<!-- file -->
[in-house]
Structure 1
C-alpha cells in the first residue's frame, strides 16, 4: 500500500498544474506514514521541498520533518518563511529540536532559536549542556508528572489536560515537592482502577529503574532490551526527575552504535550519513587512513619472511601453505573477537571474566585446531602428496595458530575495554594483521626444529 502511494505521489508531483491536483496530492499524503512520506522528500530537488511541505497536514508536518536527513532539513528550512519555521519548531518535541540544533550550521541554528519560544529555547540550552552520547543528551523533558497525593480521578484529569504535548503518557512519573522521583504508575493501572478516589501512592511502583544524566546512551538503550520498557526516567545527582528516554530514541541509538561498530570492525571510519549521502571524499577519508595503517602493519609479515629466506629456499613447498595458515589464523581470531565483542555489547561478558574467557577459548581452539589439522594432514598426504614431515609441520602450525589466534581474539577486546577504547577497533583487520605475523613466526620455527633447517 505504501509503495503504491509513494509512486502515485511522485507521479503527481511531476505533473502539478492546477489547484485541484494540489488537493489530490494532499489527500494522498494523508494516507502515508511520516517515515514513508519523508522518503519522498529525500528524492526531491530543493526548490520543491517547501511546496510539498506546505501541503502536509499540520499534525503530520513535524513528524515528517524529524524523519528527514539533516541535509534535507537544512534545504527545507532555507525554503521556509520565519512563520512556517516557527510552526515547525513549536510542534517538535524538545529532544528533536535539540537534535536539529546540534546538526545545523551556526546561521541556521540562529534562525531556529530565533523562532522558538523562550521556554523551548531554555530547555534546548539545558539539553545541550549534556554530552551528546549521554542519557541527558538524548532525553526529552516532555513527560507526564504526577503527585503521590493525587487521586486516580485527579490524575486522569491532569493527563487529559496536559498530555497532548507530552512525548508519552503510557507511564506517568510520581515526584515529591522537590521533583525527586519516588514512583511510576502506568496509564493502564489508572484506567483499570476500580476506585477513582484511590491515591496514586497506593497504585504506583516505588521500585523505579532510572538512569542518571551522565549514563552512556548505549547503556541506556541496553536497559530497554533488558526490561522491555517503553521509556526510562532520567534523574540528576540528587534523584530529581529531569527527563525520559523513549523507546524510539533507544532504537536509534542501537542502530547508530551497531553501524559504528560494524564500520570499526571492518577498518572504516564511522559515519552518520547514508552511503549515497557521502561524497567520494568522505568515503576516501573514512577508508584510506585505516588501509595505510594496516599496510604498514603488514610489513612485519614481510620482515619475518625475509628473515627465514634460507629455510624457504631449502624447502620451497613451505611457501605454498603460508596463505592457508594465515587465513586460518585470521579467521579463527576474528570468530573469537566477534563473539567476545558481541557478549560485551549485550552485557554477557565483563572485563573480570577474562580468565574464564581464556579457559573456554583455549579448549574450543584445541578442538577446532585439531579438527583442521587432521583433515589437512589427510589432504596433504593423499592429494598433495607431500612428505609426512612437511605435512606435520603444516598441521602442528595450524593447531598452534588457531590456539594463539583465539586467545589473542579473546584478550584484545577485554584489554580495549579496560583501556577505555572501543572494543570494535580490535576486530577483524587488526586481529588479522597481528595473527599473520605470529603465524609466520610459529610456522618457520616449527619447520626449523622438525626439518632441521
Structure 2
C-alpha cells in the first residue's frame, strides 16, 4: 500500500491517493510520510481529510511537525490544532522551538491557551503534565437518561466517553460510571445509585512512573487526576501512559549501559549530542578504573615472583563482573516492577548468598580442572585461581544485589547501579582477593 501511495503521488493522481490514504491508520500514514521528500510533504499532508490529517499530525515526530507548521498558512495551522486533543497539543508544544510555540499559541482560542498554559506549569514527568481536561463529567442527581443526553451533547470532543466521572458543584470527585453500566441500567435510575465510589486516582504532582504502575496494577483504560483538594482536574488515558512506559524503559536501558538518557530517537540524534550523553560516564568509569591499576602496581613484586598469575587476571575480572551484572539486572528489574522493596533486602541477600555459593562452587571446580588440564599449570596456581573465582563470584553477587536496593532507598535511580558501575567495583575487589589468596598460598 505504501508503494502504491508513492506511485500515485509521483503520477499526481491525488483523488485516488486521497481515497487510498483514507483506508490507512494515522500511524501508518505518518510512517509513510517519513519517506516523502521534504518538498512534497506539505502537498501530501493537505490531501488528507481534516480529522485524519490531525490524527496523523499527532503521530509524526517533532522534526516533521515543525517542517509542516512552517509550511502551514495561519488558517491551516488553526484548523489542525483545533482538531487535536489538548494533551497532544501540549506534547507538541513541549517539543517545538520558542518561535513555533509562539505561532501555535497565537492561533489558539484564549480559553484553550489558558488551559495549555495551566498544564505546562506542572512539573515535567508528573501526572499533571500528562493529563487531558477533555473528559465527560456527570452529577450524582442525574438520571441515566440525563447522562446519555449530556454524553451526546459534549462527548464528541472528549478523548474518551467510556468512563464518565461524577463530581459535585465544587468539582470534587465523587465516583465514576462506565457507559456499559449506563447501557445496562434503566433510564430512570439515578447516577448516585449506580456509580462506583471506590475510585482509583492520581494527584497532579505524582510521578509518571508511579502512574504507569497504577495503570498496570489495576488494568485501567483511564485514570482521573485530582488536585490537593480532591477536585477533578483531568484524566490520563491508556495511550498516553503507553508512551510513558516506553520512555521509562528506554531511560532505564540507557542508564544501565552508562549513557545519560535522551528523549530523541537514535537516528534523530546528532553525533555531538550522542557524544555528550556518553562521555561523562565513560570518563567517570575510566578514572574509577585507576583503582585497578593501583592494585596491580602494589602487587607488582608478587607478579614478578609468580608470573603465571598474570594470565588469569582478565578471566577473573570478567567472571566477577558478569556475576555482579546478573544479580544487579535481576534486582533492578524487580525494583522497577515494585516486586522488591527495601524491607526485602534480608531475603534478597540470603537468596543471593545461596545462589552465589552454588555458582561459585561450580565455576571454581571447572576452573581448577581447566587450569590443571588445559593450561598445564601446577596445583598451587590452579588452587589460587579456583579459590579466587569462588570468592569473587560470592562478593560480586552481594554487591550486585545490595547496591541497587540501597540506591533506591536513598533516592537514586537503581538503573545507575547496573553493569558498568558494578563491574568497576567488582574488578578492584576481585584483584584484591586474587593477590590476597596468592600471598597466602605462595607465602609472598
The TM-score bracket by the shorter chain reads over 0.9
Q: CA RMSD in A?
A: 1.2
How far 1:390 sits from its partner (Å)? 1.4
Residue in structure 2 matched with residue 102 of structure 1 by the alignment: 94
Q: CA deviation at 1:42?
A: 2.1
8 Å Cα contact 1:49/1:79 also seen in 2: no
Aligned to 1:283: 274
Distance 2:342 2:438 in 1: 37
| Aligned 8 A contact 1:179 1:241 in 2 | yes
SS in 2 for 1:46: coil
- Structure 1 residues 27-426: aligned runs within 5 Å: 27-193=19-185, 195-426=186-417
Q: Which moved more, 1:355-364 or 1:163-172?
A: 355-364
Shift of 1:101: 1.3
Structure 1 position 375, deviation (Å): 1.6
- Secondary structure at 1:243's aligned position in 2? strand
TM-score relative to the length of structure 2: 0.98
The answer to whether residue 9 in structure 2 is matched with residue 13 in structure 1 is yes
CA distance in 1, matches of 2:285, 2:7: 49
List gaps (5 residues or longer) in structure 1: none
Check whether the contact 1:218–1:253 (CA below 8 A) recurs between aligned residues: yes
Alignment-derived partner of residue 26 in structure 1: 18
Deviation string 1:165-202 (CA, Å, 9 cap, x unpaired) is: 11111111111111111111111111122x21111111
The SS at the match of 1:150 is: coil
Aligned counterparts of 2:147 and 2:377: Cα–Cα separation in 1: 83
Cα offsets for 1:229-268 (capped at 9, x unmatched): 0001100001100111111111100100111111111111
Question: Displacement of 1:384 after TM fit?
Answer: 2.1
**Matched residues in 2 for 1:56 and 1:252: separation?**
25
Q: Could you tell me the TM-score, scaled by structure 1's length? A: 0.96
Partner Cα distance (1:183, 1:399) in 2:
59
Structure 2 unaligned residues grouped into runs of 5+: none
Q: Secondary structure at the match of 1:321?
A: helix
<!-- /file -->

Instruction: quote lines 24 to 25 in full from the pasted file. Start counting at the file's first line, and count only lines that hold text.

TM-score relative to the length of structure 2: 0.98
The answer to whether residue 9 in structure 2 is matched with residue 13 in structure 1 is yes